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Cambridge ESV Diadem in Black Calfskin

The Cambridge ESV Diadem shares the same layout as the Pitt Minion, but it’s 20% larger. Like the hardcover edition that was released last year, it adds tools in the front that the Pitt Minion doesn’t have. The hardcover edition was printed on 36gsm paper with a black letter text. The leather edition improves on the hardcover with a premium coated paper, more ribbons, and is printed and bound in the Netherlands by Royal Jongbloed. It’s available in edge-lined calfskin and pasted-down calf split, but with and without the Apocrypha. I’m reviewing the black calfskin without the Apocrypha, ISBN 9781108816083.

Cambridge provided this Bible in exchange for an honest review. I was not required to give a positive review, only an honest one. All opinions are my own.


This Bible is available at (includes some affiliate links)




and many local Bible bookstores


Table of Contents

  1. Video Review
  2. Binding
  3. Paper
  4. Typography and Layout
  5. References
  6. Footnotes
  7. Concordance
  8. Bible Atlas
  9. Extras
  10. Apocrypha
  11. Comparisons
  12. Conclusion

Video Review

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The black calfskin has a smooth grain similar to the brown calfskin Clarion. The texture is not as deep and grainy as the goatskin. It’s the same leather that’s used in the Topaz, with perimeter stitching and a liner that’s edge-lined with a synthetic material. It’s soft and flexible.

The front has HOLY BIBLE printed in gold. The spine has HOLY BIBLE, ENGLISH STANDARD VERSION, and CAMBRIDGE printed in gold. It has 5 non-raised spine rib indications. It has a 3/8″ yapp.

The block is sewn and has no trouble staying open to any page. Even out of the box, it stays open with no trouble. This is much better than most edge-lined editions I’ve seen. It has 3 cardinal red ribbons at 1/4″. They’re long enough to pull to the corner to easily open the Bible. The overall size is 6 3/8 x 8 7/8 x 1 1/8″ and weighs 1 lb, 11.2 oz. This shape is slightly wider than most reference editions. The size and shape feel well-balanced.

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The paper is 32 gsm from Papeteries du Leman, Thonon-les-Bains, France. It looks and feels like a thicker version of the Indopaque paper that’s used in most Bibles from the Netherlands. It has a coating and feels silky smooth to the touch. I had no trouble turning the pages. It’s highly opaque and has a slight cream shade. This is my favorite color for Bible paper, which is part of what draws me to premium editions. I prefer this to the whiter shade of the hardcover edition of the Diadem. Page edges are art-gilt with red under gold.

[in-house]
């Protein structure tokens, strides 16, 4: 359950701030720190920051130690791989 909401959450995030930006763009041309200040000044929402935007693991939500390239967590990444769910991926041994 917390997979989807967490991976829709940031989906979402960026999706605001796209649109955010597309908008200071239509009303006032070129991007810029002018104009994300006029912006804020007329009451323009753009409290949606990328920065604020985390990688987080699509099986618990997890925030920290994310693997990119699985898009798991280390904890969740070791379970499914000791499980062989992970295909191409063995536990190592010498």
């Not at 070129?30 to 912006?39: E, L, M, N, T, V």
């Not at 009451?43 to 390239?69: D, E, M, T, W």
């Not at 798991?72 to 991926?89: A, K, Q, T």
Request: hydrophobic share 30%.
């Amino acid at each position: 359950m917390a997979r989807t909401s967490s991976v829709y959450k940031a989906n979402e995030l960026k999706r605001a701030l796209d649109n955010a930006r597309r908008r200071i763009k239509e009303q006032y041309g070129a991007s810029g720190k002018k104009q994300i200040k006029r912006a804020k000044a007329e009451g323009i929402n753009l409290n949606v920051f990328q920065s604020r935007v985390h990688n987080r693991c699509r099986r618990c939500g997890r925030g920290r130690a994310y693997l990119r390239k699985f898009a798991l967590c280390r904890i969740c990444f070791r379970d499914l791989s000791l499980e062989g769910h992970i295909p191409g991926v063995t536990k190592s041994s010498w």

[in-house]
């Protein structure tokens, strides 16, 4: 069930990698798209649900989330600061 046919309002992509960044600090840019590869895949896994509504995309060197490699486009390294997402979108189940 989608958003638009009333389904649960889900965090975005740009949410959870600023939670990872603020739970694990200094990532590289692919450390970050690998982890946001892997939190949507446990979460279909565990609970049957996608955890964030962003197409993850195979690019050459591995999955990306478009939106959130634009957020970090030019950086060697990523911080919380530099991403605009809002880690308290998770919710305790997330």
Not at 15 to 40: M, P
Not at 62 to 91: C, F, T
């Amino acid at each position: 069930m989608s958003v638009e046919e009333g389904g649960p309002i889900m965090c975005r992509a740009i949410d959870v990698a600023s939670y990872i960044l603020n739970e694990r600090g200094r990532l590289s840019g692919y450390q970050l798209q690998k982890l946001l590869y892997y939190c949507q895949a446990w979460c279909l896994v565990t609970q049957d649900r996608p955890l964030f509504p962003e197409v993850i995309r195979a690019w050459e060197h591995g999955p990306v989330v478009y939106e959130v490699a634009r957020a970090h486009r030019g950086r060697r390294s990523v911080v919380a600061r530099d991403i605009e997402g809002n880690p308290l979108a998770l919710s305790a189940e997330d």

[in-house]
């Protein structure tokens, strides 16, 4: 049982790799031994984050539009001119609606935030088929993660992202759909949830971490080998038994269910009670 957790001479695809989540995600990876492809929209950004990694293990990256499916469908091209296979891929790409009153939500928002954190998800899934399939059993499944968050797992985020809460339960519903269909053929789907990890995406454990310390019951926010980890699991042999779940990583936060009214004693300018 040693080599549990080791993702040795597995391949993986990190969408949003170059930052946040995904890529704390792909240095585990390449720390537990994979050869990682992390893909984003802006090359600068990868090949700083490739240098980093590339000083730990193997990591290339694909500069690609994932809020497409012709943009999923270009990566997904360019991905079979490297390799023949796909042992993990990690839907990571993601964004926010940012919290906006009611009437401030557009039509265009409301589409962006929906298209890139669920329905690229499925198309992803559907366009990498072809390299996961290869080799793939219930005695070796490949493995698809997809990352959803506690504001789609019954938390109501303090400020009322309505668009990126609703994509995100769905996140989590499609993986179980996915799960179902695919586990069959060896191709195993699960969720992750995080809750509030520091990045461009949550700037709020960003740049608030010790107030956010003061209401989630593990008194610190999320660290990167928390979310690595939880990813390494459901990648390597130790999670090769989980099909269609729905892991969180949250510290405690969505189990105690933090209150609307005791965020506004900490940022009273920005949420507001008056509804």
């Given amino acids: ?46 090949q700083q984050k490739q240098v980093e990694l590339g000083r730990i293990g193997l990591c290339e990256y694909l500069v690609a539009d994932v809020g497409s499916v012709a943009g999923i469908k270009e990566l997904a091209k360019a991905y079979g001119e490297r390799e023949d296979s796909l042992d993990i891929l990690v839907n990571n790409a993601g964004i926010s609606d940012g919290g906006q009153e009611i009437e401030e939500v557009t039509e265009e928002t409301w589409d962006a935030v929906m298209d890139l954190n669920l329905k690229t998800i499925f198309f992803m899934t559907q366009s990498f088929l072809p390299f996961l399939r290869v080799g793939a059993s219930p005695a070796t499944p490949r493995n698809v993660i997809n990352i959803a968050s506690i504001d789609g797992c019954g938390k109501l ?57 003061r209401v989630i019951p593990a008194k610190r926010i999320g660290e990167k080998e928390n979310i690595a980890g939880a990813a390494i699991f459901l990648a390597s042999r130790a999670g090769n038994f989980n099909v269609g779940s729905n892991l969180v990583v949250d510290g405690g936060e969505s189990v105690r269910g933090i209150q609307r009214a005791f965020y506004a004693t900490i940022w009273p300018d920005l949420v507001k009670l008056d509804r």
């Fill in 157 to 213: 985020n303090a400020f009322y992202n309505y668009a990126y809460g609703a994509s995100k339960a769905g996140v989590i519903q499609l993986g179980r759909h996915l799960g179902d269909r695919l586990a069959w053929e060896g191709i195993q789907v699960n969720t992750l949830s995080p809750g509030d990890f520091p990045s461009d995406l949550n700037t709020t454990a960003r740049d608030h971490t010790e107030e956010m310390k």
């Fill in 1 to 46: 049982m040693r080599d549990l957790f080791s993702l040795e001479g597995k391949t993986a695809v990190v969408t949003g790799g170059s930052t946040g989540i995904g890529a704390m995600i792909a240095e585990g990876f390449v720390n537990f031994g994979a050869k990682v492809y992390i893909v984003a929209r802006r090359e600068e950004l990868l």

Family Pages

In the front are the standard Cambridge family pages. They include a presentation page, family records, children, marriages, grandchildren, and deaths. These are printed on thick, non-glossy pages that are easy to write on.

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Typography and Layout

The layout matches the ESV Pitt Minion and Wide Margin editions, which makes a great combo for multiple versions of the same Bible. The 2016 ESV text is presented in a double-column, paragraph layout with center-column cross-references and poetry set to stanzas. Translation footnotes are placed under the last verse and under the last verse when they don’t fit in the center column. The header includes the book name and chapter number in the outer margin and the page number in the inner margin. The page numbers start over for the New Testament. Section headings are in italics. I find them easy to use when I want to use them and easy to ignore when I’m just reading.

The font is an 8.2 Lexicon with an 8.5 point leading (the size of the font plus the space to the next line). This is a red-letter edition. Both the red and the black are about a medium to dark shade in darkness. They’re consistent throughout. It has around 8 words per line. It was printed with line-matching, so the lines of the text line up on both sides of the page to reduce show-through. The text is a touch tight, but I do find it easy enough to read. It has enough inner margin so the text never bends into the gutter.

The poetic setting looks good, but rather than cutting the lines in good places, they go all the way to the edge of the column and then indent to the next line. This causes many poetic lines to have one word. Verse numbers are small and light, so they can be difficult to find quickly.

I find this an excellent layout for reading at home and on the go. It’s a good size for preaching if you don’t need large print, but the verse numbers might take an extra few seconds to find.

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Cross-references start in the center column with those for the left column left-justified and placed at the top, and those for the right column right-justified and placed at the bottom. The corresponding references are bold, making them easy to find. If there are more than will fit in the center column, the rest are placed under the footnotes, under the last verse on the page. This means there are multiple places to look for cross-references, but it does work well.